Helen Brown Coverdale, Ph.D.


University College London

Country: United Kingdom (England)

About Me:

I joined UCL in 2017, having previously taught political thought in the Department of Government at the London School of Economics and in the Philosophy Department at King’s College London. I also led on research ethics teaching for a multidisciplinary course at LSE, and lectured on research ethics for an undergraduate research programme at LSE in collaboration with Imperial College London.

I hold a PhD (Law, LSE), an MA in Legal & Political Theory (UCL) and a BA (Econ) hons specializing in Government (Manchester). My recent publications include an article in the Journal Ethics & Social Welfare and a chapter in a collection on Virtue ethics in social science research.Prior to my PhD, I worked in the criminal justice sector providing resettlement advice to prisoners, other ex-offenders, their friends, family and employers. Occasionally I worked giving face to face advice in prisons. This experience provided practical knowledge of the actual effects of state punishment which contributed to my interest in the philosophy of punishment. At KCL I also contributed as a staff member to curriculum development for a research student led initiative to take philosophy teaching into prisons. Separately, I also worked as Senior Parliamentary Researcher in the Westminster Parliament for all three Plaid Cymru MPs, who each held a portfolio of front-bench spokesperson responsibilities. I am experienced in producing briefings, amendments, early day motions, motions, written and oral parliamentary questions, across a range of policy areas. I am also experienced in producing written responses to Government and Law Commission consultations.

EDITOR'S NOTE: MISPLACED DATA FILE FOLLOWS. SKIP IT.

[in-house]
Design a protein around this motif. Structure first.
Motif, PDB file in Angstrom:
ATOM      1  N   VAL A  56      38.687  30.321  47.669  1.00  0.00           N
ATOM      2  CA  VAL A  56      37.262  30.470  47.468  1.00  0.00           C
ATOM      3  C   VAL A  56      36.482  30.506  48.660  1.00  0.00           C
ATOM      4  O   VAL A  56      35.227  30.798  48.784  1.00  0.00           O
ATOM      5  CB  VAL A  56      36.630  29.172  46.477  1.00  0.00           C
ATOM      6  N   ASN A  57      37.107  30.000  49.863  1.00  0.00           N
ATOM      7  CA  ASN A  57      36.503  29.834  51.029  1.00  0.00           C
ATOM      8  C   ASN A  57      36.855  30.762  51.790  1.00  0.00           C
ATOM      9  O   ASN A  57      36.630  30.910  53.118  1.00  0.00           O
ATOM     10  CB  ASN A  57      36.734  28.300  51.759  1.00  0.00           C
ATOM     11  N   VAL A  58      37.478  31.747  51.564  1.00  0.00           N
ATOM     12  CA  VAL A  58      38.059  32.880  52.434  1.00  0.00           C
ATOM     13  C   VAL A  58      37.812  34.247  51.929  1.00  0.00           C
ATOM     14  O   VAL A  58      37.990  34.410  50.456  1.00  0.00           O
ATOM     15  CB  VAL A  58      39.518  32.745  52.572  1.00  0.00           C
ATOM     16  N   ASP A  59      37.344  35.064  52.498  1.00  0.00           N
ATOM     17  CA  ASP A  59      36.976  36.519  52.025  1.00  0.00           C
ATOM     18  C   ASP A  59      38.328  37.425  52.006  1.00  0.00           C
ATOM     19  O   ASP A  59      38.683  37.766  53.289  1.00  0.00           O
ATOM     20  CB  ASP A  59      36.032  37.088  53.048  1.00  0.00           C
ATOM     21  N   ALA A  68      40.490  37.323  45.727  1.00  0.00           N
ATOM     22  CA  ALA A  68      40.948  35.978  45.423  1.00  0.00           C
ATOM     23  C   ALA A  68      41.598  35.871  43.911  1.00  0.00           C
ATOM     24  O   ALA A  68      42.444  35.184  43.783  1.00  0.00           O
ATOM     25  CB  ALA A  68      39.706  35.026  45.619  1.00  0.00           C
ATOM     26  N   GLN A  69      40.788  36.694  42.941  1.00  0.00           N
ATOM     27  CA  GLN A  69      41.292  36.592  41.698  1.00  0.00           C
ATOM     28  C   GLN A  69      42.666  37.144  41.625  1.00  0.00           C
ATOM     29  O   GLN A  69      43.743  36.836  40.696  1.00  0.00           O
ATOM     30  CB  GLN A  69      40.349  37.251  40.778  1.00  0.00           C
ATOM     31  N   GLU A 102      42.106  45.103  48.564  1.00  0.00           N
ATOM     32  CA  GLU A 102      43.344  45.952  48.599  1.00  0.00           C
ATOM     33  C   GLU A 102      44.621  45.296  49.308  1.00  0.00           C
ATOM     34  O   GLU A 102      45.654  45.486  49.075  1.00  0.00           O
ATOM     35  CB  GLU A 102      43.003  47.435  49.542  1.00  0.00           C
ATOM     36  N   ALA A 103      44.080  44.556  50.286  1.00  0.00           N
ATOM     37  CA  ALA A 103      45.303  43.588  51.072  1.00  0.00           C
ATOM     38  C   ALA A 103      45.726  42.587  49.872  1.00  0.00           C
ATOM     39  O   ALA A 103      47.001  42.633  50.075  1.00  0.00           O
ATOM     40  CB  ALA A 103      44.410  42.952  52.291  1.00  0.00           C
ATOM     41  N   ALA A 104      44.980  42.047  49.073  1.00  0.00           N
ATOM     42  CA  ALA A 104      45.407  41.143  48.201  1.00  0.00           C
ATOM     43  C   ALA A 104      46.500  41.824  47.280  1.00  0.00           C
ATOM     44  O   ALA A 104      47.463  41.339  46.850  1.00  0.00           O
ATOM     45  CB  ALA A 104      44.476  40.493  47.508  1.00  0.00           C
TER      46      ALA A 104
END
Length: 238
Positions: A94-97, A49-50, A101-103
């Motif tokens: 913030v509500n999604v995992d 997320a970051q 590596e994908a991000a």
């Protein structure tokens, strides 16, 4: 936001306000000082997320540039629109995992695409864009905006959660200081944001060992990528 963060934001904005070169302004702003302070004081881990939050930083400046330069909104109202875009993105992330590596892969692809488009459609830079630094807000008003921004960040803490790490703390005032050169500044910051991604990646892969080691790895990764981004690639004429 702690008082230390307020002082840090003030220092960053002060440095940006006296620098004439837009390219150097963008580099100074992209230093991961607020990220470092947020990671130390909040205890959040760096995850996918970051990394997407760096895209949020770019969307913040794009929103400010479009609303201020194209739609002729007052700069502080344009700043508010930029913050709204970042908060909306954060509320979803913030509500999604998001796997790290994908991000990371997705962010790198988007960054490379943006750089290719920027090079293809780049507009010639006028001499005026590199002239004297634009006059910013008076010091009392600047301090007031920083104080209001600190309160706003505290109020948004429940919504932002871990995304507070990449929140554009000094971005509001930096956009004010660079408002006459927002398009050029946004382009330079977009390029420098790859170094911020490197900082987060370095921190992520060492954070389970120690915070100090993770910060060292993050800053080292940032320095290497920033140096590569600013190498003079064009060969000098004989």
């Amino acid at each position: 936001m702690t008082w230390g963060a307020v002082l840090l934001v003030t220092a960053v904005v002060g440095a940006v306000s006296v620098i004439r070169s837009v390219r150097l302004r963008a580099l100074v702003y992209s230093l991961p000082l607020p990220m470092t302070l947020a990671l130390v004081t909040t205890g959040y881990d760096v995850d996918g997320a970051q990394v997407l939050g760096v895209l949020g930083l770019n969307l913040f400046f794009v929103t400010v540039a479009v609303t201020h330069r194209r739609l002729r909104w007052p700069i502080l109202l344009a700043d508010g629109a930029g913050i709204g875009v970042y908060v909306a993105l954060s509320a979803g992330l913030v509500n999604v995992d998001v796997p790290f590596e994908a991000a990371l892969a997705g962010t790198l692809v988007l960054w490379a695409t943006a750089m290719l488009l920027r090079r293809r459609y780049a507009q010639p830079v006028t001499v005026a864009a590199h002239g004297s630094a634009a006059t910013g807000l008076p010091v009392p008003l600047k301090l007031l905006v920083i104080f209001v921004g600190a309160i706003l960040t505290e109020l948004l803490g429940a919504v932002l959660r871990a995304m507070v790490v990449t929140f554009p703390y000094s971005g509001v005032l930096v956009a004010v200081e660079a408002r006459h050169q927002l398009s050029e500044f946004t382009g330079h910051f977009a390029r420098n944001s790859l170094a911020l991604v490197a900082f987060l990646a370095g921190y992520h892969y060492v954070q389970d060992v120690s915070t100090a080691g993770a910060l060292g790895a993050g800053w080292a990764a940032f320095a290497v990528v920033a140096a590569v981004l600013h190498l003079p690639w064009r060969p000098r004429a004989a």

Research Interests

Political Theory

Human Rights

Crime Politics

Care Ethics

Criminal Punishment

Research Ethics

Inequality And Exclusion

My Research:

I am a legal and political theorist, with research interests in equality and inclusion, care and relational ethics, social justice, basic rights, and the philosophy of punishment. My research focuses on the moral qualities of interactions between the individual and the state. This includes the relevance of context for understanding what morally appropriate treatment requires in practice and the contribution of legal frameworks to supporting morally appropriate treatment of persons by states. I'm particularly interested in the practice and value of care in prisons.